Today at the second Linked Data and Libraries meeting organised by Talis.
Lynne Brindley is kicking off the day…
Noting that the broad agenda is about getting access to information, linking across domains etc. See potential of Linked Data approach to increasing the use of their catalogue & so collections. Bringing better discovery and therefor utility to researchers – and to exploit the legacy of data that has been created over long periods of time.
The British library is ‘up for it’ – but need to look at the costs, benefits and may need to convince sceptics. But BL has history of taking innovative steps – introduced public online information retrieval systems to the UK around 40 years ago (MEDLARS in the 1970s). 10 years later UK was one of the first countries to publish National Bibliography on CD-ROM (now ‘museum pieces’! says Lynne).
And now exposing national bibliography as linked open data… – some history:
BL involved in UK PubMed Central (UKPMC) – repository of papers, patents, reports etc. etc. Contains many data types from many organisations. Provides better access to hard to find reports, theses etc. For Lynne this is also about ‘linking’ even if not built on “Linked Data” technology stack. – sees it as part and parcel of same thing and movement in a direction of linking materials/collections.
Also ‘sounds’ – UK Sound Map http://sounds.bl.uk/uksoundmap/index.aspx – linked across domains and also involved public in capturing ‘sounds of Britain’ – via AudioBoo – added metadata and mashed up with Google Maps…
‘Evolving English’ exhibition – had a ‘map your voice’ element – many people recorded the same piece of material – which has been incorporated into a research database of linguistic recordings – global collaboration and massive participation.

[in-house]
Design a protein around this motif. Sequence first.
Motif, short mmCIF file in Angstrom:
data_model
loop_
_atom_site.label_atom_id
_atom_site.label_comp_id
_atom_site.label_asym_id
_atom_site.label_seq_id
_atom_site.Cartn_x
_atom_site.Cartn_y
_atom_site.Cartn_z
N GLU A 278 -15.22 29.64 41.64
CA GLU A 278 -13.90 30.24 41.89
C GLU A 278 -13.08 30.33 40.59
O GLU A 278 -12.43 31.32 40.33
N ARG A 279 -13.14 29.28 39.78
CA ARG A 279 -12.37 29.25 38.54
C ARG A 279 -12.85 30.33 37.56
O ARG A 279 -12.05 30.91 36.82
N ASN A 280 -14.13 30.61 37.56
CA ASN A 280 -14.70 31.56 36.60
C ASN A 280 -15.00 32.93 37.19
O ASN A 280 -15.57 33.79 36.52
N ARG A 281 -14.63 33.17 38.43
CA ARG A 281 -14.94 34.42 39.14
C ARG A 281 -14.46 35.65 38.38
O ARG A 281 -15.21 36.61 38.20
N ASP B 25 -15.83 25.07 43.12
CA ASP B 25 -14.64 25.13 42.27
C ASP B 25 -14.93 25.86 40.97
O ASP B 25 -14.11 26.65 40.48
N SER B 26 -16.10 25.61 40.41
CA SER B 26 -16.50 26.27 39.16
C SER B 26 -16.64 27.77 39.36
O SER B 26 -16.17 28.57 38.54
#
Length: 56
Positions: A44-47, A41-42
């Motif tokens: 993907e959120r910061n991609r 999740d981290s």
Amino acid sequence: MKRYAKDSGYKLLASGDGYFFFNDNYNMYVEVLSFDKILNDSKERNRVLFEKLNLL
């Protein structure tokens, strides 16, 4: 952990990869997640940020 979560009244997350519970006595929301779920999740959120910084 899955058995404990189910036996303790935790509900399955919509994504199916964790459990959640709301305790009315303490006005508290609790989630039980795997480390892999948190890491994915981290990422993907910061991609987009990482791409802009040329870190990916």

Lynne says – it is pretty difficult to do multi-national, multi-organisational stuff – and should learn from these examples.
The BL Catalogue is primary tool to access, order and manage the BL collections. Long operated a priced service where the catalogue records are sold to others – in various forms. Despite pressure to earn money from Government, BL decided to take step of offering BNB records as RDF/XML under a CC0. Today will be announcing a linked data version of BNB – more later today from Neil Wilson.
Hope that the data will get used in a wide variety of ways. Key lesson for BL says Lynne – is ‘relinquish control, let go’ – however you think people are going to use what you put out there, they will use it in a different way.
Promise of linked data offers many benefits across sectors, across ‘memory institutions’. But the institutions involved will need to face cultural change to achieve this. ‘Curators’ in any context (libraries, archives, museums) are used to their ‘vested authority’ – and we need to both recognise this at the same time as ‘letting go’ – from the library point of view no-one can afford to stand on the sidelines – we need to get in there and experiment.
Need to get out of our institutional and metadata silos – and take a journey to the ‘mainstream future’. Partnerships are important – and everyone wants to ‘partner’ with the British Library – but often proposed partnerships are one sided – we need to look for win-win partnerships with institutions like the BL.
Final message – we are good at talking – but we need to ‘just do it’ – do it and show benefits and convince people.